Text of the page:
This will be about the TV series, The Walking Dead, which everybody is watching right now. I am one of the millions of people watching it,
fascinated like everybody else by apocalyptic world visions.
The fascination I have (and I suppose it’s shared across the board) is something called a “morbid fascination”:
You want to see a world in which almost everybody has died, a world in which huge numbers of people have died, and then we have another world and let’s see what happens.
Of course, we don’t identify with the dead people, we want to identify ourselves with the survivors and we want to see what they are going to do, because for the rest we know what they (=the zombies, the walking dead) will do.
We know exactly what the dead are supposed to do:
They just walk around, aimlessly, just trying to grab whatever living animal they can get their hands on and eat it and that’s it.
They just keep on walking around until someone shoots them in the head or they hit themselves on the head or something like that.
Now, can we identify with both these 2 types:
- the people who are still recognisably human &
- those who are dead?
Do we feel (in some abstract way) that this is what we are right now (i.e., walking dead, shuffling to and fro)?
This question (Who do we identify with?) has been incorporated in a movie before (The Matrix) and then we had to decide whether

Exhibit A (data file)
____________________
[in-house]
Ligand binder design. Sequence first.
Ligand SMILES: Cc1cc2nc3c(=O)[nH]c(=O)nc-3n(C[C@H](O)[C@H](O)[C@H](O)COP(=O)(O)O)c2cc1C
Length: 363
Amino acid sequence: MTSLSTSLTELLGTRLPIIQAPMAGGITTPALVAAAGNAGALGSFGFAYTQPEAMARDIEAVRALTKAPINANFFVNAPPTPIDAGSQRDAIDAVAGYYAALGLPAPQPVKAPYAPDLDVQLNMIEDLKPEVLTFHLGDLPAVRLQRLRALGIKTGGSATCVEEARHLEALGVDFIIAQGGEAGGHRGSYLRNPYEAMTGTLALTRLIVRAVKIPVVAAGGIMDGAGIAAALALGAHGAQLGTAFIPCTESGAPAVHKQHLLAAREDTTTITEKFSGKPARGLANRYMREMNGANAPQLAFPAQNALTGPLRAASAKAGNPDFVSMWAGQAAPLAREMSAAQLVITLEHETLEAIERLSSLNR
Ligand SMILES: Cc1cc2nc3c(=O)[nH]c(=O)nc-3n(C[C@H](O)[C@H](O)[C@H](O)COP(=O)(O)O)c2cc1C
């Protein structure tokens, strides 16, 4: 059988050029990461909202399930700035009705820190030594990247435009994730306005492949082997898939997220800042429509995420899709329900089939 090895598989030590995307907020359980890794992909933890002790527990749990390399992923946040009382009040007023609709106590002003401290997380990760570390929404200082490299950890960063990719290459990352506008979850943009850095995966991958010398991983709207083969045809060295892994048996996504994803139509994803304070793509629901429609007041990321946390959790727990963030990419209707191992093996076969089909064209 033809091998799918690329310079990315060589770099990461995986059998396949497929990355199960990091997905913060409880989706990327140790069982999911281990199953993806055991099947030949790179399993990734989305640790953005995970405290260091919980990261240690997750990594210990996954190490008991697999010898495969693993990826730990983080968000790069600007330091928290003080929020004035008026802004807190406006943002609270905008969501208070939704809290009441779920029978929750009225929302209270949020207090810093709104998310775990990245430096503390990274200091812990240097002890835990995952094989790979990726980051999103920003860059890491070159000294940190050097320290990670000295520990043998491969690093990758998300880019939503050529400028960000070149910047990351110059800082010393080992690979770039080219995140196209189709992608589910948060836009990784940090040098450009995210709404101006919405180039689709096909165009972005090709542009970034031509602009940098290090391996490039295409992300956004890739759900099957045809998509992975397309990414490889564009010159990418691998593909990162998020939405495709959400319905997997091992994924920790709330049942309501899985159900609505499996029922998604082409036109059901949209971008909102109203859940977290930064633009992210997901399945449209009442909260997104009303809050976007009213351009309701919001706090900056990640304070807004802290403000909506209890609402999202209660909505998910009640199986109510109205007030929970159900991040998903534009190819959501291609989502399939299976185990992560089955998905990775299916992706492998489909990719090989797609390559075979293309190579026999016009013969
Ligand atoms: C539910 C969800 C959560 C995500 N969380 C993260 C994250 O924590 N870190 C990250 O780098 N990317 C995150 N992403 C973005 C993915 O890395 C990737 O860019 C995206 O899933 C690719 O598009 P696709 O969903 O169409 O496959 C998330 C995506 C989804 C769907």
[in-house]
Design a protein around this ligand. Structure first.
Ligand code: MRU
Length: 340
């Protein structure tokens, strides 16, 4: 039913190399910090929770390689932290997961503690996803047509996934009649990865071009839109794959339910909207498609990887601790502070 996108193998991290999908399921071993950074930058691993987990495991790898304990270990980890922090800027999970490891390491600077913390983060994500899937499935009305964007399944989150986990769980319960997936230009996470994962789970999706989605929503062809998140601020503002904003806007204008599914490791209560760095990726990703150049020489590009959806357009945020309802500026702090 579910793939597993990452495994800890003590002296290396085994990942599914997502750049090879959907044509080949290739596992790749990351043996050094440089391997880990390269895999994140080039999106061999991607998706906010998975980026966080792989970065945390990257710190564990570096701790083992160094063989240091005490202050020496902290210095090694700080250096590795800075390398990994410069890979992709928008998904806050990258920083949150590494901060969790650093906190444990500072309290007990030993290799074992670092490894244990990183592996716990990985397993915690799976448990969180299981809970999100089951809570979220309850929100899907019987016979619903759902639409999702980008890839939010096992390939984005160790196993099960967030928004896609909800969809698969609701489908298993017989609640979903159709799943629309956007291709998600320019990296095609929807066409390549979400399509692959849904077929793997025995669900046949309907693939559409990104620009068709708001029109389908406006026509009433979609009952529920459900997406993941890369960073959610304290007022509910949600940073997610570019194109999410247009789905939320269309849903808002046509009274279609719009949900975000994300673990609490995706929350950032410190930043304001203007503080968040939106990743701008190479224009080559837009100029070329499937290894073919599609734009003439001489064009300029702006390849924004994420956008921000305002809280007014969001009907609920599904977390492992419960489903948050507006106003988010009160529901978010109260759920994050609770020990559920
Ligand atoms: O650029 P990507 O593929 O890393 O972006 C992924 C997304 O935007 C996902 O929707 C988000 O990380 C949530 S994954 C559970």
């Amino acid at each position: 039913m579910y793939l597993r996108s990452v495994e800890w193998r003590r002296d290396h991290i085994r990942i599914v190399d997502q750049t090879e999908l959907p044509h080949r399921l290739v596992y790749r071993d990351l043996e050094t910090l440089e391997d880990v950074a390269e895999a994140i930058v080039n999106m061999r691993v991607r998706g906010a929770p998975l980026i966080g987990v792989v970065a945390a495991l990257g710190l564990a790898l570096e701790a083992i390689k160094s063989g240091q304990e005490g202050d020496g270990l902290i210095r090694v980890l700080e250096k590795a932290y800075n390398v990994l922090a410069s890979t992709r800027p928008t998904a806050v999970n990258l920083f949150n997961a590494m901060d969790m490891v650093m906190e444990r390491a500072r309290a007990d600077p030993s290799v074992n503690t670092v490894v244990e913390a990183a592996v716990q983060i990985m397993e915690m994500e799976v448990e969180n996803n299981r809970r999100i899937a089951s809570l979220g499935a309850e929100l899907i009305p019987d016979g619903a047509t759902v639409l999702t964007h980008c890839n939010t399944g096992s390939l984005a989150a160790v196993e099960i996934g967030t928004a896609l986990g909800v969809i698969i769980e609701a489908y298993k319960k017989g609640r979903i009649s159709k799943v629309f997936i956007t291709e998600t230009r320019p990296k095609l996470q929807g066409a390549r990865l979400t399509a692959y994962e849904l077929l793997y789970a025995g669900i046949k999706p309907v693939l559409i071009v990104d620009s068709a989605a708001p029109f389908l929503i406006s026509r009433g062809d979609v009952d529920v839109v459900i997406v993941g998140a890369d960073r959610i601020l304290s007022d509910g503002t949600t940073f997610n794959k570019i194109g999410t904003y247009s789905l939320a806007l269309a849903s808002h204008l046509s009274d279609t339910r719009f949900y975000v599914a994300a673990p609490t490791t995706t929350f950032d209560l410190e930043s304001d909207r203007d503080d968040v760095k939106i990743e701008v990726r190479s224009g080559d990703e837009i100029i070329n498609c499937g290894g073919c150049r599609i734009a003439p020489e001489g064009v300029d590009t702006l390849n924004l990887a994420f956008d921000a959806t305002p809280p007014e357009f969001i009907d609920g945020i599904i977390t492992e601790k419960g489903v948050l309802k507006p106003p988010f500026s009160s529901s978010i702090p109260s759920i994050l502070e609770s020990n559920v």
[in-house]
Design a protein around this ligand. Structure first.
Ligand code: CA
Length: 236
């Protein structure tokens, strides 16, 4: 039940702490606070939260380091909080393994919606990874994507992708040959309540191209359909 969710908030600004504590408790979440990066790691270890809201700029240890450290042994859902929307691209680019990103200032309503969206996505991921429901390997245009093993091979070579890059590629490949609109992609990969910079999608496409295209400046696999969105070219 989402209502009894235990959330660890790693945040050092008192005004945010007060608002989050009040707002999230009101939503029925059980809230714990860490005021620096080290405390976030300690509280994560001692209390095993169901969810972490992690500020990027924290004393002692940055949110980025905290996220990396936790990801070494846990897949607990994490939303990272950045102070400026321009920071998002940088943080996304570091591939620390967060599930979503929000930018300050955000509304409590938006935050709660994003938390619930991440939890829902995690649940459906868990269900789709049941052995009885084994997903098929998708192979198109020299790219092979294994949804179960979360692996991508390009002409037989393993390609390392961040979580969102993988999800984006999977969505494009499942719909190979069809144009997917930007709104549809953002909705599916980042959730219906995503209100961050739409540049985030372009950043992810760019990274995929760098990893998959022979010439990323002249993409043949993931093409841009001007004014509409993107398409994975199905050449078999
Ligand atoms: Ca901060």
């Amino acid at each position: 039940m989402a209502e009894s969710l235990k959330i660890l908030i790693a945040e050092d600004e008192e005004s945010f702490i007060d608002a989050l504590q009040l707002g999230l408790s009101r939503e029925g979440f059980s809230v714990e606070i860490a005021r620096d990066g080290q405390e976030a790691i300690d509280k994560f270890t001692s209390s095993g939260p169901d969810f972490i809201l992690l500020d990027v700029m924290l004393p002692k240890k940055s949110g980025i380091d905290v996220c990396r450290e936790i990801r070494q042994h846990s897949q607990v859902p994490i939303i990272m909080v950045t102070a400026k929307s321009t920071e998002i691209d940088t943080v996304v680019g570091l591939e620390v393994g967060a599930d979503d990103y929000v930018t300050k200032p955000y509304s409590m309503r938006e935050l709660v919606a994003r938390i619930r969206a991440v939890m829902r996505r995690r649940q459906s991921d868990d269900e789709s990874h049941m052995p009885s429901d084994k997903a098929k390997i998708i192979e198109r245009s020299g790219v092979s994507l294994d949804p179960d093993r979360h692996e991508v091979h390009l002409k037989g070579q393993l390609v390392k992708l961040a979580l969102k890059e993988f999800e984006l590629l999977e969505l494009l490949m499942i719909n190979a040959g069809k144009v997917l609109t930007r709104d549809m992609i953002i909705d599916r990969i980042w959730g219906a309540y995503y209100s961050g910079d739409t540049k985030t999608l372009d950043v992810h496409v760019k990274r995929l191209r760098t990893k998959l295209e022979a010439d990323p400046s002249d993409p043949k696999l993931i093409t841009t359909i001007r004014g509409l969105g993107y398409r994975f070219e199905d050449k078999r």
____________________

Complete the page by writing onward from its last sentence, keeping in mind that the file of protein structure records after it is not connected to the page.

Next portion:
- we are the “battery people” or
- the people who have been “unplugged” and who know Reality.
The similarity stops short, because the people plugged in the matrix lived in a simulation, whereas for the walking dead there is only an aimless wandering about with just ONE basic instinct (can we call it the survival instinct?), and nothing else.
There is nothing recognisable human, or even animal in these things.
Of course, the premise of the series is not scientifically sound and it’s silly (and quite sad) that people think that it could happen to our world and prepare for this (e.g., zombie-proof shelters).
No, it could never happen to our world, but, in a way, it has already happened in our world.
We somehow feel that we have become empty vessels shuffling around…
Millions of people who are watching and are casting themselves as this or that survivor: Of course we want to imagine ourselves as the people who have to make hard choices and find ways to work together and so on. However,
at a deeper level, we may feel that in this world in which we happen to live in, we move around more or less like the walking dead, until some accident happens and that ends it.
I think that is one way we can account for the morbid fascination with this TV series (in particular) and the end-of-the-world genre (in general).
Who would you like to be? Naturally, at the first blush you jump to answer “I want to be one of the survivors”. But do you really want to make all those difficult choices:
- some people choose to become cannibals,
- some other people have to kill other living people.
Would you like to have this freedom?
If you choose “Yes, I want to be the hero, I want to be the person who has to make some hard choices, I want to be the person who is working in nearly impossible conditions”, then the immediate question is “Towards what goal?” And the only answer is (still) “Towards survival”.
This is when we are called upon to state what is the elementary difference between the walking dead and the living people.